The Eleventh Circuit, in Farias v. Mr. Heater, et al., 2012 WL 2354359, No.11-10405 (June 21, 2012), held that the defendant manufacturer of a propane gas heater in a product liability lawsuit that caused a home fire after being improperly used by the plaintiff indoors was not required to include Spanish language warnings for its heaters.
The case involved a plaintiff who purchased two infra-red portable heaters from Home Depot, manufactured by Enerco and Mr. Heater. According to the plaintiff, because the warnings were inadequate, as they were only in English, she used the two propane heaters indoors which led to her home catching fire, causing $300,000 in damages. However, despite the plaintiff’s claims as to the adequacy of the warnings, the district court held as a matter of law that the warnings were in fact adequate.
Additionally, despite alleging in her complaint and summary judgment arguments that defendant manufacturers had a duty under Florida law to provide Spanish language warnings, the plaintiff “did not challenge the district court’s conclusion that Florida law does not automatically impose a duty to provide bilingual warnings on consumer products.”
Instead, plaintiff presented two issues for appeal: 1.) “the district court erred in concluding that the English-language written warnings and graphic depictions, which were provided, can be deemed ‘adequate’ as a matter of law because she asserts they are inherently contradictory, inaccurate and ambiguous”, 2.) the lack of bilingual warnings was inadequate because the defendants’ marketing was directed towards the Hispanic community.
Regarding the first issue, the Eleventh Circuit held “[h]aving considered the totality of the written warnings and graphic depictions, we find that the Defendants adequately notified consumers of the ‘apparent potential harmful consequences’ of the indoor use of the [defendant’s] propane gas heater, including the risk of fire.” The court was not persuaded that the picture illustrations and written warnings were ambiguous “as to whether the heater could be used inside a person’s home and whether the heater posed a fire hazard if used inside a person’s home.” The warnings contained several references that the heater should not be used indoors and also warned of the risk of fire.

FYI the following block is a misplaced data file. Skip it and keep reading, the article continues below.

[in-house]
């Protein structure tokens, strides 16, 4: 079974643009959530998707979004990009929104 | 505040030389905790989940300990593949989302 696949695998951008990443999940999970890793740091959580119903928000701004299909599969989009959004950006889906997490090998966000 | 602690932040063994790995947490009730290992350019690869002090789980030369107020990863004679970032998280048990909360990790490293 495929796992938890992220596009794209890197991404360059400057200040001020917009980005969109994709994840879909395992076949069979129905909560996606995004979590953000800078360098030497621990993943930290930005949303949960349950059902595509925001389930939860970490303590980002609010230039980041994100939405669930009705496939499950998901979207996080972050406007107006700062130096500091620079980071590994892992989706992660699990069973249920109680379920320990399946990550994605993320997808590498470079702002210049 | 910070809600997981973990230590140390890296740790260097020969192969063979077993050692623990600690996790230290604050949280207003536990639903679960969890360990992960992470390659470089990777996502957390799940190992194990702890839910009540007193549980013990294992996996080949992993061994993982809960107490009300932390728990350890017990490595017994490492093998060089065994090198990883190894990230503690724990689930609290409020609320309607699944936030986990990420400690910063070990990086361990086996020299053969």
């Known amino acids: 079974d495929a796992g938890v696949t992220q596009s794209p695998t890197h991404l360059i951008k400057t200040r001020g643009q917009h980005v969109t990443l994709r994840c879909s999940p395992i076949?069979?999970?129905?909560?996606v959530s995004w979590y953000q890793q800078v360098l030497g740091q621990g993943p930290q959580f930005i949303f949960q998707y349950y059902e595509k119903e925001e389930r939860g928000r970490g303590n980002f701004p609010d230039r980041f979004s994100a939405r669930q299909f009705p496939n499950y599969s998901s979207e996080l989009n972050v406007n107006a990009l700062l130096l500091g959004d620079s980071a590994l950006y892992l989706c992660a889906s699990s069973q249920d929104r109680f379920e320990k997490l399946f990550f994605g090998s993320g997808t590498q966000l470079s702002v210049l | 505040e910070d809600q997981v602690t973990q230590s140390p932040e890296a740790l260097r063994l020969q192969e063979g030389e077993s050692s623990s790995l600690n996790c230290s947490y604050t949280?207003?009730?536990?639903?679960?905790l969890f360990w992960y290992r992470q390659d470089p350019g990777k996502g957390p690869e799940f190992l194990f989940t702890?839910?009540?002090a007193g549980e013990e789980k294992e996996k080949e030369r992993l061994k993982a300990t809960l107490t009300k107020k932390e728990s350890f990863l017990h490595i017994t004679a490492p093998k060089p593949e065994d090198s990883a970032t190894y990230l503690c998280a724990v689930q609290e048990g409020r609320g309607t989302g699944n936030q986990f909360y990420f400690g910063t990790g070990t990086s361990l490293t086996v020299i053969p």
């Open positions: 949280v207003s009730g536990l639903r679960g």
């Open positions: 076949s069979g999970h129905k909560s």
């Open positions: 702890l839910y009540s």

As to the second issue, the court was also unpersuaded by plaintiff’s arguments. There was no evidence that the defendants “regularly and actively” marketed the heaters on Hispanic television or radio stations or Hispanic newspapers. Prior Florida case law found a duty on the part of the manufacturer to provide bilingual warnings if such a circumstance in marketing and advertising was present.
First of all, it is a little unclear how the English warnings were “inherently contradictory, inaccurate and ambiguous” if they could not be understood in English—which would be the entire point of arguing that the warnings should be bilingual to begin with. Second, the court upholds the district court’s decision that the warnings were adequate as a matter of law here, but this decision could easily be interpreted to be limited to the facts of this case. While the court did NOT say there was a duty for a manufacturer to automatically include bilingual warnings, there may be circumstances where it would find such bilingual warnings necessary—particularly, where there is evidence that the product manufacturer directed its advertising and marketing at a particular ethnic community.
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